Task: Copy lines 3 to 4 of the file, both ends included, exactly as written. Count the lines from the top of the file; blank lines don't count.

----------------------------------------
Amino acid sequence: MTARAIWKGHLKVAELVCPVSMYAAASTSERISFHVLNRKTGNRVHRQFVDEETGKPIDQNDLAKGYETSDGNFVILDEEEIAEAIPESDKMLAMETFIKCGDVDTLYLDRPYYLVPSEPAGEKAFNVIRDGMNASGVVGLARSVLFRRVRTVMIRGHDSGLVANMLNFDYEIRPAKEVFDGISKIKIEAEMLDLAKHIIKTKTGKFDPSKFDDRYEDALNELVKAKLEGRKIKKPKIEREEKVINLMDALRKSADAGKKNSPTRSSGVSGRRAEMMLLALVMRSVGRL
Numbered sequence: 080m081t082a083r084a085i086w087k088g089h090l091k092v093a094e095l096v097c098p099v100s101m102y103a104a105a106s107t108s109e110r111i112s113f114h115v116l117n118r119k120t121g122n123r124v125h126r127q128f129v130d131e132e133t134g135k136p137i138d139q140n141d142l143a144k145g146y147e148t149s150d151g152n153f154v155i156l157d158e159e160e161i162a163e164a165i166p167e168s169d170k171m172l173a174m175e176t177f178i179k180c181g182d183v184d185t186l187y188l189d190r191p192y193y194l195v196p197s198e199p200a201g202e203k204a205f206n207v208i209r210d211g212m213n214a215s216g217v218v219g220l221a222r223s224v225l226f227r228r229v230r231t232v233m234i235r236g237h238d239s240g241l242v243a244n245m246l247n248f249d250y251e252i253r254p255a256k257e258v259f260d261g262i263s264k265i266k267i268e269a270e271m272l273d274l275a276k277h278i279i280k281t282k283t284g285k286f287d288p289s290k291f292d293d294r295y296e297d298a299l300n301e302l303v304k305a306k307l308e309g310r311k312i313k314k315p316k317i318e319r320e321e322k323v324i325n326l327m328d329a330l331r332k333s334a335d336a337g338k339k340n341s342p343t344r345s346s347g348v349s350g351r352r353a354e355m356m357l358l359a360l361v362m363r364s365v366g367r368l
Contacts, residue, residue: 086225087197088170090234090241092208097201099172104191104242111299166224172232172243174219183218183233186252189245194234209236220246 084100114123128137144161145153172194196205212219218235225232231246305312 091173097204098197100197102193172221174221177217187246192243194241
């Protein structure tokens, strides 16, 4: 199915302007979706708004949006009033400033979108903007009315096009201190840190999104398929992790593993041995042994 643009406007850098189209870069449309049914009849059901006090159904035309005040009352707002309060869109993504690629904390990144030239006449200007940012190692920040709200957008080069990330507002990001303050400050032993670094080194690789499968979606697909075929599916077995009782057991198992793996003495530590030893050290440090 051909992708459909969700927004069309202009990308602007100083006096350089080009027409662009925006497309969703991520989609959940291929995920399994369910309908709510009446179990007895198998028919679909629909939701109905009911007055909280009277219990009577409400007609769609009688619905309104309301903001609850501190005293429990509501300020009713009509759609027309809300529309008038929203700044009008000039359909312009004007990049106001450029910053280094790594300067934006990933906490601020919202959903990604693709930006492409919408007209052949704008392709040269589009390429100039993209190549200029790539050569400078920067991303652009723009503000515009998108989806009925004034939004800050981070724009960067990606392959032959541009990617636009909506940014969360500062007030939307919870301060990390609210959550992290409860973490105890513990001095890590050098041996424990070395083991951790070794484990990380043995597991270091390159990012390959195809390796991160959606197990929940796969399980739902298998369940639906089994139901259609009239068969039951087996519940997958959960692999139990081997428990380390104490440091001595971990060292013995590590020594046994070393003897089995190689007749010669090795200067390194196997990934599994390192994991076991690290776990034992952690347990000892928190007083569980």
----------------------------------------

Contacts, residue, residue: 086225087197088170090234090241092208097201099172104191104242111299166224172232172243174219183218183233186252189245194234209236220246 084100114123128137144161145153172194196205212219218235225232231246305312 091173097204098197100197102193172221174221177217187246192243194241
């Protein structure tokens, strides 16, 4: 199915302007979706708004949006009033400033979108903007009315096009201190840190999104398929992790593993041995042994 643009406007850098189209870069449309049914009849059901006090159904035309005040009352707002309060869109993504690629904390990144030239006449200007940012190692920040709200957008080069990330507002990001303050400050032993670094080194690789499968979606697909075929599916077995009782057991198992793996003495530590030893050290440090 051909992708459909969700927004069309202009990308602007100083006096350089080009027409662009925006497309969703991520989609959940291929995920399994369910309908709510009446179990007895198998028919679909629909939701109905009911007055909280009277219990009577409400007609769609009688619905309104309301903001609850501190005293429990509501300020009713009509759609027309809300529309008038929203700044009008000039359909312009004007990049106001450029910053280094790594300067934006990933906490601020919202959903990604693709930006492409919408007209052949704008392709040269589009390429100039993209190549200029790539050569400078920067991303652009723009503000515009998108989806009925004034939004800050981070724009960067990606392959032959541009990617636009909506940014969360500062007030939307919870301060990390609210959550992290409860973490105890513990001095890590050098041996424990070395083991951790070794484990990380043995597991270091390159990012390959195809390796991160959606197990929940796969399980739902298998369940639906089994139901259609009239068969039951087996519940997958959960692999139990081997428990380390104490440091001595971990060292013995590590020594046994070393003897089995190689007749010669090795200067390194196997990934599994390192994991076991690290776990034992952690347990000892928190007083569980």